As of April 14 '07 I have been living in Florida for one year. Go me. 🙂
Sometimes you look back on things and think to yourself "Wow, where did the time go? It feels like I just got here yesterday!" I definitely do not feel that way. Connecticut and all of New England now truly feels like a world away. I know I've been here a while. Upon reflection, most of the past 365 days does not feel like a blur (I'll admit some of it does - but not all).
Reaching the one-year mark is just another indicator that yes, I'm a Floridian.
Earlier I was talking with Pop on the phone about this achievement, and I came to a realization.
Most people don't migrate.
I mean, sure, everyone wants to migrate (as in move away and roost somewhere else), but don't for one reason or another. Could be any number of things why they don't take the plunge.
In my situation, I had to. I needed something different, fresh and new where I felt I could thrive, and that's exactly what I got. Where I am now is the antithesis to where I used to live. I went from a place where the county population was a little over 110,000 to an area where it's over a million people - just for the county I'm in.
To put that in perspective: Hillsborough county in Florida has close to one third of Connecticut's entire population.
A-yup. Big state. 🙂
I have a few Florida-specific goals for the next 365 days.
I'll tag each one of these with the likelihood of whether it will occur in the next 365 days or not.
1. Go to more beaches particularly in the Tampa Bay area. Somewhat likely.
Trust me when I say that we've got plenty of 'em and there's more than enough to go around just in Tampa Bay alone.
I tag this as "somewhat likely" because in order to enjoy the beach you have to be with someone. Going to the beach alone sucks. Only girls do that. The only time I would is if I can find a beach where I can sit and enjoy myself in relative peace without the bother of other people around me. I'm sure that I will eventually find a place like that around here, but I haven't just yet.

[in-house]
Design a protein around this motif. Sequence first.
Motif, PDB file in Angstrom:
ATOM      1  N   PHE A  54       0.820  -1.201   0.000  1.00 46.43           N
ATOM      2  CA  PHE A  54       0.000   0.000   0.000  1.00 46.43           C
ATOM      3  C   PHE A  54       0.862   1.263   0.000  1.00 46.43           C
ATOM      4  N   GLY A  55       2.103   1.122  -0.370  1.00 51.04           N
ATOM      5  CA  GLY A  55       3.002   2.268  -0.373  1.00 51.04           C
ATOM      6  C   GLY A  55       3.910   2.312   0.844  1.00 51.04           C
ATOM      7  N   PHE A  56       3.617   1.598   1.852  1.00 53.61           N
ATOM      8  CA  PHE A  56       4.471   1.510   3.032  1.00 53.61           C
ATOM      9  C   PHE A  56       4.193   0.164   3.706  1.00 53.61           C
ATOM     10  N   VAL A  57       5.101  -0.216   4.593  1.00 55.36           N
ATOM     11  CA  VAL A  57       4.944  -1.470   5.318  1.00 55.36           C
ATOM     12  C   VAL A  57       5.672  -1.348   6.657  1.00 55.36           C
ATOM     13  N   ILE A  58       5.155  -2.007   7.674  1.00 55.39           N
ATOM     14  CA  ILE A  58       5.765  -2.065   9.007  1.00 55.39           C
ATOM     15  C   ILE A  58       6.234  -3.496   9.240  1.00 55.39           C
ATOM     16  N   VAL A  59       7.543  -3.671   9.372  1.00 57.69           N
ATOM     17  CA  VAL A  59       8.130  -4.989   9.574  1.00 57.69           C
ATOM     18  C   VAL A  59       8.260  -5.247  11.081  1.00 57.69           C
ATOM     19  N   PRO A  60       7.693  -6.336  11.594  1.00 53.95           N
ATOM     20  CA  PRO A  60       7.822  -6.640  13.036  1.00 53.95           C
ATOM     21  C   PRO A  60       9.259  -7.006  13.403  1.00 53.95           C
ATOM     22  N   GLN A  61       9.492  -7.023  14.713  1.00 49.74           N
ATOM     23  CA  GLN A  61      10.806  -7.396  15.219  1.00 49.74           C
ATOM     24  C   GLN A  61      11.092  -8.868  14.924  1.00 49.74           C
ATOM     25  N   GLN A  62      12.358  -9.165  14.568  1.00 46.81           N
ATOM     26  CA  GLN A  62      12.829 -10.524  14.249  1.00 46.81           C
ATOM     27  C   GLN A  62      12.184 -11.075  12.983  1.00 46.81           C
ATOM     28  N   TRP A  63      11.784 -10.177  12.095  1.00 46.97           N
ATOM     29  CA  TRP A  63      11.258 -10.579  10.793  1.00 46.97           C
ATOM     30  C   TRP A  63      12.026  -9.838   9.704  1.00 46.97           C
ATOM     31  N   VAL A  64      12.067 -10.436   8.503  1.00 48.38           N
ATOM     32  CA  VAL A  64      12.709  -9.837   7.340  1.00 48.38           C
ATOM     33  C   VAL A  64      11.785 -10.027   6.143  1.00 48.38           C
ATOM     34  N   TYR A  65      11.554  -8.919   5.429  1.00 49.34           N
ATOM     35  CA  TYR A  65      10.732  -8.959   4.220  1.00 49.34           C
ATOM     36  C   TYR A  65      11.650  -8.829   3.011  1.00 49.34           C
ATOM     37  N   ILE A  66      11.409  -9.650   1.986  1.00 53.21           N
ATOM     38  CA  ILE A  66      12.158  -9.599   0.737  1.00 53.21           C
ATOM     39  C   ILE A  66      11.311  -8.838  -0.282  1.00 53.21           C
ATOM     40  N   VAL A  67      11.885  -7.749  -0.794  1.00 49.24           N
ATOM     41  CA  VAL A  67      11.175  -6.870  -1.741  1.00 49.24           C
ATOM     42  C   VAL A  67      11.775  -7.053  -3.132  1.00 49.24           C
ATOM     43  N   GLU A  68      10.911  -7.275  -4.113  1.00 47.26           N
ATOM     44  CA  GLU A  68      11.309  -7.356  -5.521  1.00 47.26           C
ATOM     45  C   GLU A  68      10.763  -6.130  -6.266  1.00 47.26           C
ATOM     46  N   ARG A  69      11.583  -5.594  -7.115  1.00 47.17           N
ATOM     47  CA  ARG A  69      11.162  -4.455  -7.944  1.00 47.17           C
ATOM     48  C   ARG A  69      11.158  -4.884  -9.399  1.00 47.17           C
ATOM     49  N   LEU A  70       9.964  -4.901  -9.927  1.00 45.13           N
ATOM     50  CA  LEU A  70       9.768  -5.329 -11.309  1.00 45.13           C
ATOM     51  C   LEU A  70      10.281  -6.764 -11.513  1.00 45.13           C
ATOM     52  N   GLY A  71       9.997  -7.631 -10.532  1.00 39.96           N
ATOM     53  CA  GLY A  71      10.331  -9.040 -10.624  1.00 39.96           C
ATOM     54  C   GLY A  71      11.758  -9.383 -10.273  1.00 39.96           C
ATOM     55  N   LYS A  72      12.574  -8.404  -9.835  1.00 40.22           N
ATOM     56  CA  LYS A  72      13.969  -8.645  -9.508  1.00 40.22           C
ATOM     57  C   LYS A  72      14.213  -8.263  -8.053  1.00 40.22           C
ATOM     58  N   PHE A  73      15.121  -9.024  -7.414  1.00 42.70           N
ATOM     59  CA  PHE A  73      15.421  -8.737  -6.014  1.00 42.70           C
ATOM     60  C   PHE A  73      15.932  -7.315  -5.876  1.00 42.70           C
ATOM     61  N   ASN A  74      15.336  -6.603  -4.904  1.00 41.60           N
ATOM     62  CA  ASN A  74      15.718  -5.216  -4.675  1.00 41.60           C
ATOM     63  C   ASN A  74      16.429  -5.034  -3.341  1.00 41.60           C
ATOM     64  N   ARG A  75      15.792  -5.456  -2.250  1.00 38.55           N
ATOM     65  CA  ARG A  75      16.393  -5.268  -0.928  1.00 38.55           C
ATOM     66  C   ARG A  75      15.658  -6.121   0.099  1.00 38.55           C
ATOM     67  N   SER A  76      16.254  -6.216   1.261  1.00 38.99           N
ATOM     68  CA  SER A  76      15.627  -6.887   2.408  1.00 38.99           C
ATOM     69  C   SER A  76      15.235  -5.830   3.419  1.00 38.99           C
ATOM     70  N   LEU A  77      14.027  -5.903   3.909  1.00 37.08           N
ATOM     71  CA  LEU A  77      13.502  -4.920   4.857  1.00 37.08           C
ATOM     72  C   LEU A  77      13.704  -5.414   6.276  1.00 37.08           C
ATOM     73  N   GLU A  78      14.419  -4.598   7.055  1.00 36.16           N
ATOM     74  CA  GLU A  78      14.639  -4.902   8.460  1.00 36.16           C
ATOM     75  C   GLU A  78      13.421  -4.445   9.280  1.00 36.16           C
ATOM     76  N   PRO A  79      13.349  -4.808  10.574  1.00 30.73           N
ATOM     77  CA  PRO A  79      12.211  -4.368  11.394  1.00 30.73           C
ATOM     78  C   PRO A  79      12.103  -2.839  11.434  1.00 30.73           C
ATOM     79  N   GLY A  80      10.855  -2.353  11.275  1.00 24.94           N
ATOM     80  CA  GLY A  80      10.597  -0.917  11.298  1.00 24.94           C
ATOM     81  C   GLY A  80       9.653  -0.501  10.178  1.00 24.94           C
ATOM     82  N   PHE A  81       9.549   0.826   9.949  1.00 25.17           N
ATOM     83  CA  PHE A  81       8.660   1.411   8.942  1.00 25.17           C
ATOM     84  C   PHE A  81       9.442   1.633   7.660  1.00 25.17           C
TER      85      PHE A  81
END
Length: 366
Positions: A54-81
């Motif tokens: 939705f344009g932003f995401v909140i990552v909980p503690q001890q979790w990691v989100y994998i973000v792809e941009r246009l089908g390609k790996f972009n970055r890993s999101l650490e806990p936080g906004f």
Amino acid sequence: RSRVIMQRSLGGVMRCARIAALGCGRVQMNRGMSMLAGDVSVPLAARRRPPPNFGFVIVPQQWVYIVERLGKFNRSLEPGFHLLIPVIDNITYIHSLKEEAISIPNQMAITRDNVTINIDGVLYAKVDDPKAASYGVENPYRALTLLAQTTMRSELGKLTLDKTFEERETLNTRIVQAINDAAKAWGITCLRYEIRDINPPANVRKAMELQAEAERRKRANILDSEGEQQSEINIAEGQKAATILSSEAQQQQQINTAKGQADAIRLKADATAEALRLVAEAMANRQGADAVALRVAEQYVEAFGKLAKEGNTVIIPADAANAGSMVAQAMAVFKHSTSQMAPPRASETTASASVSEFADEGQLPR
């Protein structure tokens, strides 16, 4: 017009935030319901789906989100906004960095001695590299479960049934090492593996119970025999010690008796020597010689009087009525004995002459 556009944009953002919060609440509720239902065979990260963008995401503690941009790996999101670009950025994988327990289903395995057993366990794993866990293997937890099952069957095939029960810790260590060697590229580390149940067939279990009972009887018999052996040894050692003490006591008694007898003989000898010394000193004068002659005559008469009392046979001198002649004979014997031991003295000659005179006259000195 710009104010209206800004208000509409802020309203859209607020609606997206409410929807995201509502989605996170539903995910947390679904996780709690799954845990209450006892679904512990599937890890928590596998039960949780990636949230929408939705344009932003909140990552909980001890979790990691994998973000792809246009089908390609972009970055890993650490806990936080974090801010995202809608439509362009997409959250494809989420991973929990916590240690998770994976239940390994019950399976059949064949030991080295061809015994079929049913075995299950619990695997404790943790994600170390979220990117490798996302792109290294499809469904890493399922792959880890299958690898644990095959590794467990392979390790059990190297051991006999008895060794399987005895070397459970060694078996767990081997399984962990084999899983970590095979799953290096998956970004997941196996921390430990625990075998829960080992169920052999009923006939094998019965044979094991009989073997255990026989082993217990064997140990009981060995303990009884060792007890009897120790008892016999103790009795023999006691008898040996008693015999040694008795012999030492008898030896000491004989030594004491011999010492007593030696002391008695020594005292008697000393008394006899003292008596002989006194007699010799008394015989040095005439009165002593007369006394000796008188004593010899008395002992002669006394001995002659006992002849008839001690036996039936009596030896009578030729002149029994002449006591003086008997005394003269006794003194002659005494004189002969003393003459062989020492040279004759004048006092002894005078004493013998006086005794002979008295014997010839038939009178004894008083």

Quick Florida factoids:
- 1,197 miles of coastline
- 2,276 miles of tidal shoreline
- 663 miles of beaches
That's a whole lot o' coastal stuff.
2. Drive the coastline. Very likely.
Again, this is a Tampa Bay thing and it's fairly easy to do. To get the most coastline driving in that area you go from Clearwater Beach to St. Pete Beach.
I aim to avoid all the tourist traffic by literally driving this route at dawn. Besides which, how cool would it be to drive the coastline and watch the sun come up?
I do not know if there are any tolls along the way, but if there are, it'll be worth it.
3. Visit Miami, just to go. Not very likely.
Even for me, Miami is a really long way - as in 279 miles away. I don't know if I'll even like it, but I want to go just to say I've been there.
Oddly enough, there are more than a few Tampa Bay residents that have never been to Miami, or even the eastern side of the state - and these are people who have been here for years(!)
I tag this one as a "not very likely" only because it's really far away.
4. Visit Key West, just to go. Not likely.
If you thought Miami was far from me, Key West is even further (425 miles). In fact, you literally can't go any further south, else you'd be in the ocean. When you get into the keys, gone are the interstates. The only road is US 1.
I tag this one as a "not likely" because it's really, really far away.
Here's some factoids on US 1 (if you want to know more, get educated):
- It's 2,390 miles long.
- The southern point is Key West, Florida.
- The northern point is Fort Kent, Maine.
- It's longer than I-95.
- If you were to actually travel the entire length of US 1, it would most likely take at least eight days to complete.
Per my last point above: US 1 is not like the interstate. Much of it is not straight. Lots of turns, twists, bends and so on.
For my Connecticut friends, if you're wondering where US 1 is in that state, it comes in from Rhode Island on West Broad Street in Pawcatuck.
So now you know, and knowing is half the battle. 🙂
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